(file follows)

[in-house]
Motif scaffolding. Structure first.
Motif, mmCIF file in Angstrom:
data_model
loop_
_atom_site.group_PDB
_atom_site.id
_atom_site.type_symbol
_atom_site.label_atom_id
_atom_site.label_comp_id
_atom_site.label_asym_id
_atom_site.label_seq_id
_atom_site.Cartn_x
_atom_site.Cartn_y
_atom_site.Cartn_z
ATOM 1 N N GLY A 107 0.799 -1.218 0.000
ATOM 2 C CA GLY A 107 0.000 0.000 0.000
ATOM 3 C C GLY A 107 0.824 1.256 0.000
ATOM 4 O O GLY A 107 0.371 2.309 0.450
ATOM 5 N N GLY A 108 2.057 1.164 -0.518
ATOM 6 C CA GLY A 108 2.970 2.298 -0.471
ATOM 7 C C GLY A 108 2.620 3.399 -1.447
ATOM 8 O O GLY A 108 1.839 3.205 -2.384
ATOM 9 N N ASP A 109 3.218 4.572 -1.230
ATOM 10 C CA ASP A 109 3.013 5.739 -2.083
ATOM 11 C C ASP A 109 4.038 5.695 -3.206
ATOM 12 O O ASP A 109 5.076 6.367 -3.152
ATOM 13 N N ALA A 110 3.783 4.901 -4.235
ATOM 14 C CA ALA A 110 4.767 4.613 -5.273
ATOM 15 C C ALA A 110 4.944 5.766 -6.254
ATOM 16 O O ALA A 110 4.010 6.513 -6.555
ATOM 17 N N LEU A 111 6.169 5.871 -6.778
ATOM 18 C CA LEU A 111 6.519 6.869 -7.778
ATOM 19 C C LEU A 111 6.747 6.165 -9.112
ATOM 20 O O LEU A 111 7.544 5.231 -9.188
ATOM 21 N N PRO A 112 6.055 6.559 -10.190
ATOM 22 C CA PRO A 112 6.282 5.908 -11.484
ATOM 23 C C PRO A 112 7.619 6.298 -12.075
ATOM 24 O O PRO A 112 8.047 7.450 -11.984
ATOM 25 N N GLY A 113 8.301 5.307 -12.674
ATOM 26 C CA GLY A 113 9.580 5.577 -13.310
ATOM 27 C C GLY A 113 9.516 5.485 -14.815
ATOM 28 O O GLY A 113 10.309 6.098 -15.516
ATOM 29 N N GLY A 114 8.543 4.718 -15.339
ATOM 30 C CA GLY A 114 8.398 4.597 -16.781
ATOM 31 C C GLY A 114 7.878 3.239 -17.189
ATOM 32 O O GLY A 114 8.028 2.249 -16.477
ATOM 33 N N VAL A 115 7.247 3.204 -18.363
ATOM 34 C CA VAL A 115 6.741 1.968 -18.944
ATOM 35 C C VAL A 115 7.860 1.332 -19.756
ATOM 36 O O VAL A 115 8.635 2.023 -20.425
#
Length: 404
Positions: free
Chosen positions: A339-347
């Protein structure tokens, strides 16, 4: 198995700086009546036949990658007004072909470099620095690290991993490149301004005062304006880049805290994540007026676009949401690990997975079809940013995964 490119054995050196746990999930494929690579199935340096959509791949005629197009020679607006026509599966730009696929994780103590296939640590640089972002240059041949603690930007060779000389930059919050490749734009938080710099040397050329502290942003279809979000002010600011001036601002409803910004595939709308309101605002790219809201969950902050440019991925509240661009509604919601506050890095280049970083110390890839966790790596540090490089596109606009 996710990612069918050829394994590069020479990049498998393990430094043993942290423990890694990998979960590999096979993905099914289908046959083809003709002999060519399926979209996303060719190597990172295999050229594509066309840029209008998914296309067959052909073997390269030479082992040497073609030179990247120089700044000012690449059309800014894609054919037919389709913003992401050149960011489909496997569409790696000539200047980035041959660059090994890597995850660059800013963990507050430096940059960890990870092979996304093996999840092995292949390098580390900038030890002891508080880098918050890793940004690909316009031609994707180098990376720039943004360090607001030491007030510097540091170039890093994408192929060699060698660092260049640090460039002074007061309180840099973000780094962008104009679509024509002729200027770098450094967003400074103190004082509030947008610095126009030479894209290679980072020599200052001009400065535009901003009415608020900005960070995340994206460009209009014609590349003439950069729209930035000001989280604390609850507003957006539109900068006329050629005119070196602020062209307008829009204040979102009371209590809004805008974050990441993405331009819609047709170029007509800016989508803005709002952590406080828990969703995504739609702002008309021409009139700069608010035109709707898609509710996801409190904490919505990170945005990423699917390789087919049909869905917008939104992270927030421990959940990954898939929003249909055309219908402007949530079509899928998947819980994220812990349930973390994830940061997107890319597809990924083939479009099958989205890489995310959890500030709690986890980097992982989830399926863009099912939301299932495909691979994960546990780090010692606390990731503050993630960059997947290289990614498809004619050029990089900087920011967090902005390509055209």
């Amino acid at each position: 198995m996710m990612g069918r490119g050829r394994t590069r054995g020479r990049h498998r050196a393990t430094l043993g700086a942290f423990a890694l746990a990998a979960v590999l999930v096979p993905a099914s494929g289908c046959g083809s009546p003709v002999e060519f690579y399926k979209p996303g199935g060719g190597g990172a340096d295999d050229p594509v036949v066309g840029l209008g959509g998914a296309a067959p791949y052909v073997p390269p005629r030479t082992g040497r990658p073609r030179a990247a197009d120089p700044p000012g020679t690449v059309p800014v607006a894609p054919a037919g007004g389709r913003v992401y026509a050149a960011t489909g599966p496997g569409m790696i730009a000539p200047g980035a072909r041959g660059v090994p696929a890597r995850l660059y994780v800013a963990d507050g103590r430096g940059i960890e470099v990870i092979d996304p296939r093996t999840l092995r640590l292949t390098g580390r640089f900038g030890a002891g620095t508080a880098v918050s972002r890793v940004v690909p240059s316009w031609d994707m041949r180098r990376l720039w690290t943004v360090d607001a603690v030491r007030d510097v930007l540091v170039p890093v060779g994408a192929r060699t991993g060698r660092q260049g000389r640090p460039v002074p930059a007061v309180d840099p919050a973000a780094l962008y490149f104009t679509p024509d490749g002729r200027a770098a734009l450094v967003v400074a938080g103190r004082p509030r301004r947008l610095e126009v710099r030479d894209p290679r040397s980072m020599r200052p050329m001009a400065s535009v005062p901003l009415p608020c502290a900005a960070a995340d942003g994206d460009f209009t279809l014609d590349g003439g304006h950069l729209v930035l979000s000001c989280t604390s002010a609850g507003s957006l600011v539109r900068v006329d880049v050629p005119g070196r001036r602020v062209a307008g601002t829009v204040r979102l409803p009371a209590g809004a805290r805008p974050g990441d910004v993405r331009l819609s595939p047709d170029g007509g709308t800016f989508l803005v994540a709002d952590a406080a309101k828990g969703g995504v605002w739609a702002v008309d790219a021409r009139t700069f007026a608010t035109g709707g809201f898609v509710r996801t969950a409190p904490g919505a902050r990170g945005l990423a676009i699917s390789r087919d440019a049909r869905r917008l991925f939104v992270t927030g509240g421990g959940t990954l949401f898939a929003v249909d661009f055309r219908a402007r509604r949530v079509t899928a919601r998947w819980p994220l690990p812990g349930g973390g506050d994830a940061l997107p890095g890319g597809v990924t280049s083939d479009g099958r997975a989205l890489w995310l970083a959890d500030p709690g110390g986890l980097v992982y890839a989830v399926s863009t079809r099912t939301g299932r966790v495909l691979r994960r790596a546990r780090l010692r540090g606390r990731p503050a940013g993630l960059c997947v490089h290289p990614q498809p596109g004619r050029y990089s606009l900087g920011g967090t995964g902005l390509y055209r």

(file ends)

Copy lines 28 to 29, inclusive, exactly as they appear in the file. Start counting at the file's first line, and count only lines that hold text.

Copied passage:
ATOM 13 N N ALA A 110 3.783 4.901 -4.235
ATOM 14 C CA ALA A 110 4.767 4.613 -5.273